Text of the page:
HAL employees feel inferior after leaking Rafale deal


Former French president Francois Hollande’s remarks that the Indian government had chosen the overseas partner for the manufacture of Rafale aircraft, has left employees of Bengaluru-based PSU Hindustan Aeronautics Ltd (HAL) unhappy.

Despite limitations, HAL employees, who did not want to be named, maintain that a willing government would have created the required facilities for the PSU to deliver the required number of Rafale fighter jets to the Indian Air Force (IAF).

However, retired Indian Air Force personnel — wary of HAL repeatedly missing deadlines — have defended the controversial deal.

“If HAL was selected as the offset partner, 30% investment of the around Rs 60,000 crore meant for the fighter jets would have had a drastic effect in improving the facilities here. HAL has produced fighter aircraft in the past and had the capabilities to produce Rafale too,” one of the senior HAL engineers that The New Indian Express spoke to, said.

“It is due to such episodes that the whole ‘Make in India’ scheme looks like a sham. A government can’t really encourage manufacturing by presenting a possible manufacturing project of a Navaratna PSU to a fledgling private firm,” the employee said.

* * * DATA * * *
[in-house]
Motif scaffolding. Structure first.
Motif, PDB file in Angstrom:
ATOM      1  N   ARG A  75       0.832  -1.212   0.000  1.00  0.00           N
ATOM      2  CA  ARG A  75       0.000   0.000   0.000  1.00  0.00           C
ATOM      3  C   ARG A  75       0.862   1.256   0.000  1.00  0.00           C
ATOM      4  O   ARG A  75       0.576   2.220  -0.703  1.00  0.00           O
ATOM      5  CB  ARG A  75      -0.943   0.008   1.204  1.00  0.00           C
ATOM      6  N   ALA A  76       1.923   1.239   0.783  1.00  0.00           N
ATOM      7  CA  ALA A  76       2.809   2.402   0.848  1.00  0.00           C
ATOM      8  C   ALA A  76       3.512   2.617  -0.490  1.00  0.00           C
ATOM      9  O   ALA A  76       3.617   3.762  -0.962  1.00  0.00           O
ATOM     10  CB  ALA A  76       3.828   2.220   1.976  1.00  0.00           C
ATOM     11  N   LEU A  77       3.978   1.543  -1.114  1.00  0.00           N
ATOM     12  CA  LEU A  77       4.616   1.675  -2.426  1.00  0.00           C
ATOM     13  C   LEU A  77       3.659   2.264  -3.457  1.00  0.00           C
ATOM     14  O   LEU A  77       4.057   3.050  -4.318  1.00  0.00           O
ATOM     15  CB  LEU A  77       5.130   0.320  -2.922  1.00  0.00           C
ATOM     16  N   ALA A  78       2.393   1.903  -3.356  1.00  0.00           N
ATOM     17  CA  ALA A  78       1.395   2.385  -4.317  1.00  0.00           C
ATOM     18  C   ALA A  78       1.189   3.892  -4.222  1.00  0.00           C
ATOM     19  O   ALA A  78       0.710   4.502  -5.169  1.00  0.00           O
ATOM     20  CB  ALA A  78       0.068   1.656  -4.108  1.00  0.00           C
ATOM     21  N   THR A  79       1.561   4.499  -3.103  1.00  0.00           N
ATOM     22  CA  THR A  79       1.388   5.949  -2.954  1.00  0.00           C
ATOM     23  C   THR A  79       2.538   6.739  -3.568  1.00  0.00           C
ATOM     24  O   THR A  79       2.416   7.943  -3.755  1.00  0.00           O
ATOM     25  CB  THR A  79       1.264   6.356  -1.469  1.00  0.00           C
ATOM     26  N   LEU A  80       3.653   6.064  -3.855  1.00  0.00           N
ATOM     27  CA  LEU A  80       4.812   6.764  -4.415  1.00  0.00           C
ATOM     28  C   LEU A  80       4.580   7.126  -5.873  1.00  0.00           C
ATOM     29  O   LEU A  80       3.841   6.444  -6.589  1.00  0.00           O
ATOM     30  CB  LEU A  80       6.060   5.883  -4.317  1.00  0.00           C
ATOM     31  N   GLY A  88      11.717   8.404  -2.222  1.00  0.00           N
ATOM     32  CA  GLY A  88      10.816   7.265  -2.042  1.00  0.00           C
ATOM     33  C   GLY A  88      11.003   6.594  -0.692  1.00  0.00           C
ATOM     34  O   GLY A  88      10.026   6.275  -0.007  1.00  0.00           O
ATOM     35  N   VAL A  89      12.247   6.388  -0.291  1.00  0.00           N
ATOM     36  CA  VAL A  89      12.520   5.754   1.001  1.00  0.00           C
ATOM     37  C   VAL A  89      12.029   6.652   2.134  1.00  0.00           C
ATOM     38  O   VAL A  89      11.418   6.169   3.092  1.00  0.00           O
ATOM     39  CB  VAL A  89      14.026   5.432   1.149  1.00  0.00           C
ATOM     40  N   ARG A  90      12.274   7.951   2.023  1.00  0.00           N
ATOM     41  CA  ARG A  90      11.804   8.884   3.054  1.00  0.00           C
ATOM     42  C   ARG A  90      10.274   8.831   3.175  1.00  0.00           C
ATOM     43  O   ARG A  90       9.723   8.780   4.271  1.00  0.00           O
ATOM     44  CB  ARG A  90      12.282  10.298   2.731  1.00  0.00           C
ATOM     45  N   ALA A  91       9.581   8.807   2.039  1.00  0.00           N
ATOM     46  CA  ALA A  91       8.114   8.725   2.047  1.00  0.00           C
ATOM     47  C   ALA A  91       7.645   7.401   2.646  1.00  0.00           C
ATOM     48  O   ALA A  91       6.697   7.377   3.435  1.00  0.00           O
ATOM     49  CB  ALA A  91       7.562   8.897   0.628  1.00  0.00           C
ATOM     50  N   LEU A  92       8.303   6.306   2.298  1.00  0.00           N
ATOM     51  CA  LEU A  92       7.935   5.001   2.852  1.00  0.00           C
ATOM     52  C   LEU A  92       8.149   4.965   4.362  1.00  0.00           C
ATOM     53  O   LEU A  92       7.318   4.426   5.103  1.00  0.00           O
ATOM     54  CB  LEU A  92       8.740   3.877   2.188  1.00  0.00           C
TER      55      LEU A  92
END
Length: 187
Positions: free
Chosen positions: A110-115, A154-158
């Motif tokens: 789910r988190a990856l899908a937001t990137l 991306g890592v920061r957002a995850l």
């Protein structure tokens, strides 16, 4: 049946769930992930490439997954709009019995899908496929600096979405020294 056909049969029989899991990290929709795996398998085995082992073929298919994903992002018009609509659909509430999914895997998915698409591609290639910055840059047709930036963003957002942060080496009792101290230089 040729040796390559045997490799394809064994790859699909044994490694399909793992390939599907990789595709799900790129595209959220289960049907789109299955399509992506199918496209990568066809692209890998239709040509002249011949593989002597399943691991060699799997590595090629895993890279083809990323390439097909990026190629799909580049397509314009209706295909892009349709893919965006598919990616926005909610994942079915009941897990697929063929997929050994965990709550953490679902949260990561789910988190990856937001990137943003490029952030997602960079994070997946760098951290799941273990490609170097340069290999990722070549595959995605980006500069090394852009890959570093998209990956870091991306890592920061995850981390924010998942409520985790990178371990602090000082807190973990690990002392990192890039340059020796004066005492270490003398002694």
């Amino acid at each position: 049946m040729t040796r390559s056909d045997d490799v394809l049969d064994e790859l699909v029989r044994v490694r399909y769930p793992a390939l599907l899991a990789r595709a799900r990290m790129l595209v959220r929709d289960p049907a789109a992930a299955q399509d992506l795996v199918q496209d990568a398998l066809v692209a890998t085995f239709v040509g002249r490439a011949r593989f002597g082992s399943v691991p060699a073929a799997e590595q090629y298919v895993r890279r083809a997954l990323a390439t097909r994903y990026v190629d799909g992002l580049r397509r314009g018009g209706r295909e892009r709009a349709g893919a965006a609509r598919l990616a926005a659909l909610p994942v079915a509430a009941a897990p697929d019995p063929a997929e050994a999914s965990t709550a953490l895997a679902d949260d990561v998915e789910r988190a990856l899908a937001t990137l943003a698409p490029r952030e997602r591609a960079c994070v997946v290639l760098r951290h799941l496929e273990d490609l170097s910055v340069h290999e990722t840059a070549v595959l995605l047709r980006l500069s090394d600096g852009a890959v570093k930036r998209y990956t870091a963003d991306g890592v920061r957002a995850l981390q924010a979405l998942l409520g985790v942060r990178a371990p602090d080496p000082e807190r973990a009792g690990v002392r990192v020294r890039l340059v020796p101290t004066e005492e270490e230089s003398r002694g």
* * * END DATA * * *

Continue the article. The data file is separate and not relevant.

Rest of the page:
The drama is unfolding on a daily basis, said another engineer.

“How can Indian companies like HAL compete with international firms if projects that help improve the skill sets of an organisation are denied to it?” she questioned.

Commenting on IAF backing the deal, she said that the Air Force had always preferred “foreign toys”.

“(HAL) employees are feeling cheated and angry as the much-required funds to develop HAL appears to have been offered elsewhere,” she said.

Noting that it is dangerous to speak against the central government, an employee in the HAL engine division said most of the employees had defended the government in the case prior to the remarks by Hollande.

“Disgruntlement over the government decision is similar in our production units at Nasik and Koraput, along with HAL’s research and development centres. The feeling is of being let down by the government, who did not trust our abilities,” he said.

However, some retired IAF personnel have defended the decision of the central government. “Hollande’s statement gives the impression that India can dictate terms to Dassault in choosing its offset partner. But, India cannot dictate terms to even Nepal and Bangladesh,” he said, adding that Dassault — manufacturer of Rafale — ‘were horrified’ about HAL’s capabilities to manufacture the aircraft.

Another reason why the old agreement of 126 aircraft was scrapped is that HAL was interested in technology transfer while Dassault was against the transfer of any core technologies. “That is why Dassault decided to partner with a private firm just for namesake and manufacture on its own here,” he added.

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